Travellers will also be screened for any Covid-19 symptoms and be required to provide proof of accommodation address, should they need to self-quarantine.

“While many of our key source markets feature in the high-risk category, meaning that they are not able to travel to South Africa for leisure purposes yet, the environment is fluid and changes constantly.

“We remain optimistic and encouraged by the gradually phased opening of our sector and we will monitor the changes regularly, as the country lists are reviewed every two weeks,” said South Africa Tourism chief executive, Sisa Ntshona.

Source: https://www.breakingtravelnews.com/news/article/south-africa-tourism-welcomes-reopening-of-borders/

Pandemic doesn’t dampen long-term hope in Israel

The pandemic has heavily hit the Israeli tourism sector, but the country’s hotels are likely to recover sooner than those in other countries of the Middle East.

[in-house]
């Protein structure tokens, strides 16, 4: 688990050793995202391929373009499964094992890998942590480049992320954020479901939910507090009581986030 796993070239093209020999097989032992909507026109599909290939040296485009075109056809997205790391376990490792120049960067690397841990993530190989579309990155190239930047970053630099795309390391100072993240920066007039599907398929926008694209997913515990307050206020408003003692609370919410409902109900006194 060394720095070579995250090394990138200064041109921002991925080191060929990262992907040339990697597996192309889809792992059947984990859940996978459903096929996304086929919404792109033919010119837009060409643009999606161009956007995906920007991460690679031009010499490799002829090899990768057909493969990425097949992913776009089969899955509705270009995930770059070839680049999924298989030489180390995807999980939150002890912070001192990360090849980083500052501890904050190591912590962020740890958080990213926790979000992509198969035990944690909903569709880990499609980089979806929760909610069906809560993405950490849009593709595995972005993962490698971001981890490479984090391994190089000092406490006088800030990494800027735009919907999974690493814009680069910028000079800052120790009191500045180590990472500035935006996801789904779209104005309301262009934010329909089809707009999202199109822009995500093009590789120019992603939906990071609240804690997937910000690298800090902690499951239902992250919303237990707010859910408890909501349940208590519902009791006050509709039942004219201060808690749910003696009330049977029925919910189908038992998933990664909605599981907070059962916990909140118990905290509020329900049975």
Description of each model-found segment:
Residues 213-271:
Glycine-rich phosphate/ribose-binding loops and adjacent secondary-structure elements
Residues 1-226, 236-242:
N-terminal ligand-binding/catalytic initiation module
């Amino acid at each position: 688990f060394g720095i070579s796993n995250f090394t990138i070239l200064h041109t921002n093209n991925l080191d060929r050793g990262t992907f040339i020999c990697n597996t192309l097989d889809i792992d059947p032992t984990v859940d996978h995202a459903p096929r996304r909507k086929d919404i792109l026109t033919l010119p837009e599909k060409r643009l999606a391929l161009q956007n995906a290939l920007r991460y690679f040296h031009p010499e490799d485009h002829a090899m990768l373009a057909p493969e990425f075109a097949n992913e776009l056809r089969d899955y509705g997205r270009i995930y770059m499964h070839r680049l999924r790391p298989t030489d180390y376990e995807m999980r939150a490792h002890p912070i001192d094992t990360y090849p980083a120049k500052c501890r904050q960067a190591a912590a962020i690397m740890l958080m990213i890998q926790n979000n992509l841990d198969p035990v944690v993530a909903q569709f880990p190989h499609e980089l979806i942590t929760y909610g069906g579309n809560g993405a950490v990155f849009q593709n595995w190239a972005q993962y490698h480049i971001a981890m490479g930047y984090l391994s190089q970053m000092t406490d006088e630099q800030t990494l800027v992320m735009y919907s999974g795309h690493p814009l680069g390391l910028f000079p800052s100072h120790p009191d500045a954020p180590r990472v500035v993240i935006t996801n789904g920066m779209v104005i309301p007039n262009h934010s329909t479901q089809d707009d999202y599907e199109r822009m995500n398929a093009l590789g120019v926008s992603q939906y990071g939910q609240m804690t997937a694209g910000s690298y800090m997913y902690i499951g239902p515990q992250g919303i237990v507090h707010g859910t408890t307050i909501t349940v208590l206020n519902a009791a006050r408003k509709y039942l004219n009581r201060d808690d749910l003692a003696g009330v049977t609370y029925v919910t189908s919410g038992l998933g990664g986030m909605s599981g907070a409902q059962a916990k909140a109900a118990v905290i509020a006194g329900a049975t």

TEL AVIV—The Israeli hotel industry was set for fast growth in the coming years on the back of record-breaking tourist flow in 2019, and sources believe the pandemic has slowed, but not stopped, that success story.

Israel hosted a record number of tourists in 2019, with around 4.55 million people visiting the country, compared to 4.1 million visitors in 2018 and 3.6 million in 2017, said the Israeli Tourism Ministry. Before the spread of COVID-19, that organization predicted an estimated 5 million foreign arrivals were due to come in 2020.

The pandemic has turned the tables, and some hoteliers are very stark in their analyses.